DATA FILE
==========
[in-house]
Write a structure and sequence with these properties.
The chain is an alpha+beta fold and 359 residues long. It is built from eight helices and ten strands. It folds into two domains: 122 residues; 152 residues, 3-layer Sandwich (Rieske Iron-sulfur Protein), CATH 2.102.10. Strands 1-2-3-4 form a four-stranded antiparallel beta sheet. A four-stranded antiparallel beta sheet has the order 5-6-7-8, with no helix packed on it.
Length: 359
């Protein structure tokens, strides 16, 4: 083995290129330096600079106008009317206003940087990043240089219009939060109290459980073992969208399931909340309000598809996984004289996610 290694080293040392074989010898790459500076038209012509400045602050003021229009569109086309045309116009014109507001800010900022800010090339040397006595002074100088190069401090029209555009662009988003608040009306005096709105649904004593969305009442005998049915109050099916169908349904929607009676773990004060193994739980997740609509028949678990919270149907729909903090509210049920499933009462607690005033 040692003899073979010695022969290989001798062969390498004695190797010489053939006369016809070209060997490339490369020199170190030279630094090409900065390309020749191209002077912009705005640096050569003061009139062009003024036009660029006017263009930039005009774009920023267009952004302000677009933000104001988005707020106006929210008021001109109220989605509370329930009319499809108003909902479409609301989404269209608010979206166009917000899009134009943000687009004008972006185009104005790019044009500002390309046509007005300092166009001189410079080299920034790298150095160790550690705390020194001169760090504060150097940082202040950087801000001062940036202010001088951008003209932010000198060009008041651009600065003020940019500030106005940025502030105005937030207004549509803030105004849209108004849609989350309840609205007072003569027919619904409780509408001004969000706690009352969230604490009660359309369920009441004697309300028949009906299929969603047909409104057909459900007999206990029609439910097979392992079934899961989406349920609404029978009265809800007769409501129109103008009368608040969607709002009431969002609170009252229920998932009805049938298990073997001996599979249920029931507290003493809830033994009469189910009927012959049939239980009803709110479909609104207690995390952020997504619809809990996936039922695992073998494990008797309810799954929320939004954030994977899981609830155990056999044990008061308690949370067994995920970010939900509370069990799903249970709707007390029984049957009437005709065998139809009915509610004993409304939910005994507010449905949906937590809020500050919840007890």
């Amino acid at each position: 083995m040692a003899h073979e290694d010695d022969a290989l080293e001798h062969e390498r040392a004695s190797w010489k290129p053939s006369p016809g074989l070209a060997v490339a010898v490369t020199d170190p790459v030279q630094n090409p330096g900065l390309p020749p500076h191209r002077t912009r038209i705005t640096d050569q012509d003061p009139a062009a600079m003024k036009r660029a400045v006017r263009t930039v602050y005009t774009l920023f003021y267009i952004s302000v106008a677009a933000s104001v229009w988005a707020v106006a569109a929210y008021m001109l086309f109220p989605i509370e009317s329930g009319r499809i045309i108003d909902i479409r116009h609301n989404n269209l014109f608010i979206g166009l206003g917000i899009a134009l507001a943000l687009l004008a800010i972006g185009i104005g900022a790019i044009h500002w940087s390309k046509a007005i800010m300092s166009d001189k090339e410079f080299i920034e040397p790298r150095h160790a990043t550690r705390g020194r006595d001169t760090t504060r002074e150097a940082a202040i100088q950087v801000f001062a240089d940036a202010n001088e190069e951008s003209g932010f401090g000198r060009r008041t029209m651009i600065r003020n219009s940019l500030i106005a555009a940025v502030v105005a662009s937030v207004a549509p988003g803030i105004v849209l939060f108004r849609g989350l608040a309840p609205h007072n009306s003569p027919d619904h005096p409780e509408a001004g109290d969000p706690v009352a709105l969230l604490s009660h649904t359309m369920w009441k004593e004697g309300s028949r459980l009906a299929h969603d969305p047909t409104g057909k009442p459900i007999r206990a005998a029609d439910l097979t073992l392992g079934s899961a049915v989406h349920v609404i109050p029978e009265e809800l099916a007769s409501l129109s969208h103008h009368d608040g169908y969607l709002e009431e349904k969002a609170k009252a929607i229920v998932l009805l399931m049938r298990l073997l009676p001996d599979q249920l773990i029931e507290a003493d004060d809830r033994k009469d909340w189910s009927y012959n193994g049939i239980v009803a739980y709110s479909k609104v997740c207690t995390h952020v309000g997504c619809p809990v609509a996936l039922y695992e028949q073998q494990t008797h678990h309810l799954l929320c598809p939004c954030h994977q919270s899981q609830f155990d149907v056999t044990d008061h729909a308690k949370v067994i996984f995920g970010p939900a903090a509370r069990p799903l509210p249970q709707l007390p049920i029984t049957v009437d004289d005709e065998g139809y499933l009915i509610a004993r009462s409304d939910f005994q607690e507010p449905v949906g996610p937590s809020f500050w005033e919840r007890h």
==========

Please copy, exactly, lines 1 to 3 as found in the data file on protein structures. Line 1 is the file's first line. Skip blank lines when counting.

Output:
[in-house]
Write a structure and sequence with these properties.
The chain is an alpha+beta fold and 359 residues long. It is built from eight helices and ten strands. It folds into two domains: 122 residues; 152 residues, 3-layer Sandwich (Rieske Iron-sulfur Protein), CATH 2.102.10. Strands 1-2-3-4 form a four-stranded antiparallel beta sheet. A four-stranded antiparallel beta sheet has the order 5-6-7-8, with no helix packed on it.